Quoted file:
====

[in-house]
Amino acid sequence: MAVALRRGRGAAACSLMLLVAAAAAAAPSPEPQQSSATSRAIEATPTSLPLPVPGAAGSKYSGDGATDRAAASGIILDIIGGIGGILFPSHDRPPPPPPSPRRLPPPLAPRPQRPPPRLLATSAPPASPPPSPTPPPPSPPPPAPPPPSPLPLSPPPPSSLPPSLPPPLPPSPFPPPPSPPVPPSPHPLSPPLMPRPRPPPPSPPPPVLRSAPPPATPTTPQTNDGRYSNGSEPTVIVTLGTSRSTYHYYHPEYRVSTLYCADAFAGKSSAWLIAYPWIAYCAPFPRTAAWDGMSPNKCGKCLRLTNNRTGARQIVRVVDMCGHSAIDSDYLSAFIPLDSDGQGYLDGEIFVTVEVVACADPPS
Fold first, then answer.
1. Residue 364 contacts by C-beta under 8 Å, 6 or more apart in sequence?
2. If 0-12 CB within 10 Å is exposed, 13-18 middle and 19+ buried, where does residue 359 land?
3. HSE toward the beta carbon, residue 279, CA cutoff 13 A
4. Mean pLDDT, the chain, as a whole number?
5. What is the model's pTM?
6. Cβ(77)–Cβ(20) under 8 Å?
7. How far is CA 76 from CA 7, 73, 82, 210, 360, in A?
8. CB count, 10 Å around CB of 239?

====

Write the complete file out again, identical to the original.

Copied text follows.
[in-house]
Amino acid sequence: MAVALRRGRGAAACSLMLLVAAAAAAAPSPEPQQSSATSRAIEATPTSLPLPVPGAAGSKYSGDGATDRAAASGIILDIIGGIGGILFPSHDRPPPPPPSPRRLPPPLAPRPQRPPPRLLATSAPPASPPPSPTPPPPSPPPPAPPPPSPLPLSPPPPSSLPPSLPPPLPPSPFPPPPSPPVPPSPHPLSPPLMPRPRPPPPSPPPPVLRSAPPPATPTTPQTNDGRYSNGSEPTVIVTLGTSRSTYHYYHPEYRVSTLYCADAFAGKSSAWLIAYPWIAYCAPFPRTAAWDGMSPNKCGKCLRLTNNRTGARQIVRVVDMCGHSAIDSDYLSAFIPLDSDGQGYLDGEIFVTVEVVACADPPS
Fold first, then answer.
1. Residue 364 contacts by C-beta under 8 Å, 6 or more apart in sequence?
2. If 0-12 CB within 10 Å is exposed, 13-18 middle and 19+ buried, where does residue 359 land?
3. HSE toward the beta carbon, residue 279, CA cutoff 13 A
4. Mean pLDDT, the chain, as a whole number?
5. What is the model's pTM?
6. Cβ(77)–Cβ(20) under 8 Å?
7. How far is CA 76 from CA 7, 73, 82, 210, 360, in A?
8. CB count, 10 Å around CB of 239?